I bought a Ralph Lauren comforter this weekend at Marshalls. It is made of a stiff, thick cotton with pale blue stripes on one side and flowers on the other. The total on the register made me wince, but I resisted the urge to put it back.
When I got it home, my instincts were right on, the comforter was perfect. It hung over the sides of our large sleigh bed. I vowed to make my dogs sleep on the floor because Frodo sucked our last down blanket until its edges fell apart and Chewie peed the bed last week.
The month before, I spent thirty dollars on a "bed in a bag" from Anna's Linens that turned out to be too small and fifty dollars on a quilted comforter that made our bedroom look like Holly Hobbie's. The search for a low cost comforter was a natural urge because you see, I am cheap. The trait was handed down from my parents like an old dresser.
Some families try and impress people with their possessions. My family, on the other hand, has always tried to impress people with how little they paid for their possessions.
"Oh, you like the shirt? Six dollars."
"Nice necklace." "Thanks. I got it at the dollar store."
Cheap is a Mantz badge of honor.
Adrian finds this horrifying. His mom has class and style, but is thrifty and discrete. I have never heard her say how much she paid for anything.
My obsession with money is not just limited to bargain shopping. Like most people, I worry about it constantly. The worst part of being an adult is the focus on money. Everything is about money. I am constantly on Adrian about how we need more of it. When I say constantly, I mean an every day kind of constantly.
My mom is even worse. When my dad was alive, my mom and dad split the bills fifty fifty. My dad was always behind because my mom worked and he didn't. He had his social security check but there wasn't a lot left over after cigarettes, gas and his half of the rent. Add in his gambling addiction and he was perpetually broke. As a result, my dad borrowed money from my mom each month and paid her back on the first. My mom had a little notebook where she kept a tally of every cent my dad owed her per month.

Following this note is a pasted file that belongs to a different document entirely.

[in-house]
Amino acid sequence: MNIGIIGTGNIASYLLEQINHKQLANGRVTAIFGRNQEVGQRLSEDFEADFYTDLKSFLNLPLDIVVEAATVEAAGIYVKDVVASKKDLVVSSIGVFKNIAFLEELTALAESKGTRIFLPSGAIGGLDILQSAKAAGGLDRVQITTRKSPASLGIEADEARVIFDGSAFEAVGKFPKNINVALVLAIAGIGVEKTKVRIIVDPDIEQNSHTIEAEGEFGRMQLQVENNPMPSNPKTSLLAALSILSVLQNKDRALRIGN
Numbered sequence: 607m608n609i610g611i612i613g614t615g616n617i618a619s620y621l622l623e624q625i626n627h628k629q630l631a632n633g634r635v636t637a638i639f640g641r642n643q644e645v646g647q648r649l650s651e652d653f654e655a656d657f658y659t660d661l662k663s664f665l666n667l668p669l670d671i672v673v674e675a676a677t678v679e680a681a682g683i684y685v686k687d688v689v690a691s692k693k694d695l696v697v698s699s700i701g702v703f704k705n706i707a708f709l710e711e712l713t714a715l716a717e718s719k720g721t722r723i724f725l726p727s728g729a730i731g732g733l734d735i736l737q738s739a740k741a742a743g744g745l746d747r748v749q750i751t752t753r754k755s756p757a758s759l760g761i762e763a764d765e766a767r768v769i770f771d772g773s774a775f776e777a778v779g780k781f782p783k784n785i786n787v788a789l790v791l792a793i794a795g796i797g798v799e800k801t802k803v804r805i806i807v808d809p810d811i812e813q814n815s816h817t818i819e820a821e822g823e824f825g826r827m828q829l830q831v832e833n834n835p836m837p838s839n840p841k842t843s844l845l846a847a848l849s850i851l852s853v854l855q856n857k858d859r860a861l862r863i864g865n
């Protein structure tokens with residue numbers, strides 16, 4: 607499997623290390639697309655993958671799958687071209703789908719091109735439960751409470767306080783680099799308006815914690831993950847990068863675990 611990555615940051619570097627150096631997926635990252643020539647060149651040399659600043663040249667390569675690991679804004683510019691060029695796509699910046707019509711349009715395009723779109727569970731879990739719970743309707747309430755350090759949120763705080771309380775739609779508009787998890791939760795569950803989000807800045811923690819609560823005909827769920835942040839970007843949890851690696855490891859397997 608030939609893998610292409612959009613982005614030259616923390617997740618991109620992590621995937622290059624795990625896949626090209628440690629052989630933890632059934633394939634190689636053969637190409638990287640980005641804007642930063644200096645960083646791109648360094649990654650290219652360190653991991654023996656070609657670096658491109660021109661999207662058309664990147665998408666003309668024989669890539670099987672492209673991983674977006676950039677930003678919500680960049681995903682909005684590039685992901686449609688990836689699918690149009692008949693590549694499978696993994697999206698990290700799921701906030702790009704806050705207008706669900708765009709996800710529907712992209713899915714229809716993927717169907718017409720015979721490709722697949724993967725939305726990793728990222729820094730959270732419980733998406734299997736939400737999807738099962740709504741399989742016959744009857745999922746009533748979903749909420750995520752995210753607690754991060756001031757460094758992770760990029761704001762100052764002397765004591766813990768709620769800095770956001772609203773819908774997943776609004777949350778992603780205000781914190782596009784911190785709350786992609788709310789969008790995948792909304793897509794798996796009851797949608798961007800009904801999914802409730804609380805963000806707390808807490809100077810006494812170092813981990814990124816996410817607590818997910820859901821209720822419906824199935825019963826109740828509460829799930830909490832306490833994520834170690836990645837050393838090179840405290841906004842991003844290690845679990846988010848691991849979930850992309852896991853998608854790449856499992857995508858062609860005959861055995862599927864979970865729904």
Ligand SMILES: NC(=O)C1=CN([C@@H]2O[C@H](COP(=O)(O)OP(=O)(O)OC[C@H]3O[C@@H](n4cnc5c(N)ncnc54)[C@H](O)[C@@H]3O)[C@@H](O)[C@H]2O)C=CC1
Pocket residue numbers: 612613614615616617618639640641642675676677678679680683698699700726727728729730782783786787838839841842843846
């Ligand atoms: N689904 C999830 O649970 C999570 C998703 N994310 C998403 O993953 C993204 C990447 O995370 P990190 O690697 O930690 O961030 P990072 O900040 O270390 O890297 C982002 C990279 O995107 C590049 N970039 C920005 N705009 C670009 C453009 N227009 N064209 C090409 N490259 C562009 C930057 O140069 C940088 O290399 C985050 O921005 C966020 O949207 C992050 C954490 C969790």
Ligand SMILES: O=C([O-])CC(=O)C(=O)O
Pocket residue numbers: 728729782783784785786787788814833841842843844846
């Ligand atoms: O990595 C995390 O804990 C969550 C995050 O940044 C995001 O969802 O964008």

"OK John, you owe me four dollars for those damn cigarettes," my mom would say as she wrote down the figure in her notebook.
My money obsession may also have something to do with the fact that I was a waitress for ten years. I was a good waitress and made decent money. If I didn't go home with at least two Benjamins in my wallet on a night shift, I was unhappy. When I waitressed at Applebee's, the restaurant stayed open until 2 a.m. and I usually worked until close to get the late post club rush. One night, a table came in at five minutes to closing and stayed until almost three a.m. They left me a dollar and a couple of quarters on a hundred dollar check (which didn't even cover the taxes I paid). I ran after them and threw their dollar and coins at their feet and said, "Here, you obviously need this more than I do."
My focus on money has had some pretty serious ramifications in my life. I majored in journalism at my junior college and was the editor-in-chief of the college newspaper. I loved writing and my newspaper advisor pushed me to apply to Columbia's journalism program. I researched the average salaries of reporters and decided to apply to UCR and major in English. It seemed more practical.
After graduating from UCR, I went to law school. I couldn't qualify for any private loans and my public loans barely covered USC's tuition even with my scholarship. Adrian gave me a car to drive and gas money and I stayed with him and his parents in their West Covina house to save on rent.
When the commute got to be too much, I moved in with some fellow classmates into a three bedroom apartment off of Adams and Figueroa. Our apartment had wires coming out of the walls, only one bathroom and lots of critters, but it was a steal at eleven hundred a month. Despite the low rent, I still struggled to get by and we cut coupons from the Sunday newspaper before grocery shopping. Some months, I didn't have enough for groceries and my roommate Bridget spotted me.
I figured once I graduated from law school and took a job at a fancy law firm that all my money problems would be solved. I was wrong. I was doing all right financially for a while as a private big firm lawyer with a six figure salary, yet, I was miserable.
Despite knowing right away that civil practice wasn't for me, I let money, and my fear of not having any, rule my life for six years. I went from firm to firm hoping it would get better. It didn't. Then fate intervened and I came to the public defender's office. I knew it would be hard financially. I took a fifty percent pay cut and Adrian had just graduated from dental school and wasn't even licensed yet.
Things are still not stable, two years and one loan modification later. Adrian started his own business and then his dad died and we took his mom in. Then my mom. It has been a transition. Last night, when everyone was asking what was for dinner, I thought to myself, how is it my responsibility? I want to watch the Oscars! I whispered to Adrian, "You better make them buy take-out."
The moms bought take out and we all ate together watching the Oscars. It was nice. And, that's the thing, money really shouldn't matter. At least it shouldn't matter so much that it ruins precious moments or opportunities. Those moments that you can never replace. Like spending the last two weeks of my dad's life with him. Taking my nieces for the day. Winning a jury trial. Hearing the moms laugh so hard they hold their sides.
Or a comforter that envelops you in its softness when you are at home sick in bed.